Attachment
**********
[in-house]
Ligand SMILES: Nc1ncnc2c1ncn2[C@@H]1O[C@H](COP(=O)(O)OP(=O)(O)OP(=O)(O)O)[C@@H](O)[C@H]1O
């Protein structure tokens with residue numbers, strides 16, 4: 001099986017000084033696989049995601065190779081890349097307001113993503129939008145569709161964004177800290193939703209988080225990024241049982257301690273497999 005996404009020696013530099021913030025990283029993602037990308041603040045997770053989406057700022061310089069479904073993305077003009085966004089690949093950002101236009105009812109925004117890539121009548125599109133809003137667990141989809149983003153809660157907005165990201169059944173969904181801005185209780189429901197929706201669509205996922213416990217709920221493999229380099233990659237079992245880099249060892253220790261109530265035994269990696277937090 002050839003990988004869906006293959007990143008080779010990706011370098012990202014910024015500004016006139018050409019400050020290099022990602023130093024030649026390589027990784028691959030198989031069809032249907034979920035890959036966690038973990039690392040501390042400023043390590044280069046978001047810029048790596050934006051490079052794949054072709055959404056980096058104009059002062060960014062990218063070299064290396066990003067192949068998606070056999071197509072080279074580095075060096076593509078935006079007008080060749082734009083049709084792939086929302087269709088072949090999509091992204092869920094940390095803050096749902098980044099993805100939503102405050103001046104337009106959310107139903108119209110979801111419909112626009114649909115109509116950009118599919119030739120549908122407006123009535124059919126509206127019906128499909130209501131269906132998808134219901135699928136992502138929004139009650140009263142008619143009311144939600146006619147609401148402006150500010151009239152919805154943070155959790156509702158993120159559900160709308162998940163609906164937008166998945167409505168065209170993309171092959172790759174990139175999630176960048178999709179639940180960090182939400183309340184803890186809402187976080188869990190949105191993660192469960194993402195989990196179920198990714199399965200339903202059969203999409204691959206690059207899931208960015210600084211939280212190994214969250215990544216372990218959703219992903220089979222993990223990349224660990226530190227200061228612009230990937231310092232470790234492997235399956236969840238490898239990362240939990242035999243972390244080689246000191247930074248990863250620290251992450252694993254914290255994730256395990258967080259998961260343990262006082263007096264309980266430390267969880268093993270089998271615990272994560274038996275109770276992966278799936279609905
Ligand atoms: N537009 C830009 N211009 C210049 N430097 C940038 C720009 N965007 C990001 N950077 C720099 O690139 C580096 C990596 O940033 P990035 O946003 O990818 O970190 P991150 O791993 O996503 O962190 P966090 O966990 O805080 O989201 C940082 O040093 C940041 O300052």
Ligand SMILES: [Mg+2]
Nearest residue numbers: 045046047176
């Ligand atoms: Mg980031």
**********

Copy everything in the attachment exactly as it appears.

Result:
[in-house]
Ligand SMILES: Nc1ncnc2c1ncn2[C@@H]1O[C@H](COP(=O)(O)OP(=O)(O)OP(=O)(O)O)[C@@H](O)[C@H]1O
């Protein structure tokens with residue numbers, strides 16, 4: 001099986017000084033696989049995601065190779081890349097307001113993503129939008145569709161964004177800290193939703209988080225990024241049982257301690273497999 005996404009020696013530099021913030025990283029993602037990308041603040045997770053989406057700022061310089069479904073993305077003009085966004089690949093950002101236009105009812109925004117890539121009548125599109133809003137667990141989809149983003153809660157907005165990201169059944173969904181801005185209780189429901197929706201669509205996922213416990217709920221493999229380099233990659237079992245880099249060892253220790261109530265035994269990696277937090 002050839003990988004869906006293959007990143008080779010990706011370098012990202014910024015500004016006139018050409019400050020290099022990602023130093024030649026390589027990784028691959030198989031069809032249907034979920035890959036966690038973990039690392040501390042400023043390590044280069046978001047810029048790596050934006051490079052794949054072709055959404056980096058104009059002062060960014062990218063070299064290396066990003067192949068998606070056999071197509072080279074580095075060096076593509078935006079007008080060749082734009083049709084792939086929302087269709088072949090999509091992204092869920094940390095803050096749902098980044099993805100939503102405050103001046104337009106959310107139903108119209110979801111419909112626009114649909115109509116950009118599919119030739120549908122407006123009535124059919126509206127019906128499909130209501131269906132998808134219901135699928136992502138929004139009650140009263142008619143009311144939600146006619147609401148402006150500010151009239152919805154943070155959790156509702158993120159559900160709308162998940163609906164937008166998945167409505168065209170993309171092959172790759174990139175999630176960048178999709179639940180960090182939400183309340184803890186809402187976080188869990190949105191993660192469960194993402195989990196179920198990714199399965200339903202059969203999409204691959206690059207899931208960015210600084211939280212190994214969250215990544216372990218959703219992903220089979222993990223990349224660990226530190227200061228612009230990937231310092232470790234492997235399956236969840238490898239990362240939990242035999243972390244080689246000191247930074248990863250620290251992450252694993254914290255994730256395990258967080259998961260343990262006082263007096264309980266430390267969880268093993270089998271615990272994560274038996275109770276992966278799936279609905
Ligand atoms: N537009 C830009 N211009 C210049 N430097 C940038 C720009 N965007 C990001 N950077 C720099 O690139 C580096 C990596 O940033 P990035 O946003 O990818 O970190 P991150 O791993 O996503 O962190 P966090 O966990 O805080 O989201 C940082 O040093 C940041 O300052």
Ligand SMILES: [Mg+2]
Nearest residue numbers: 045046047176
């Ligand atoms: Mg980031």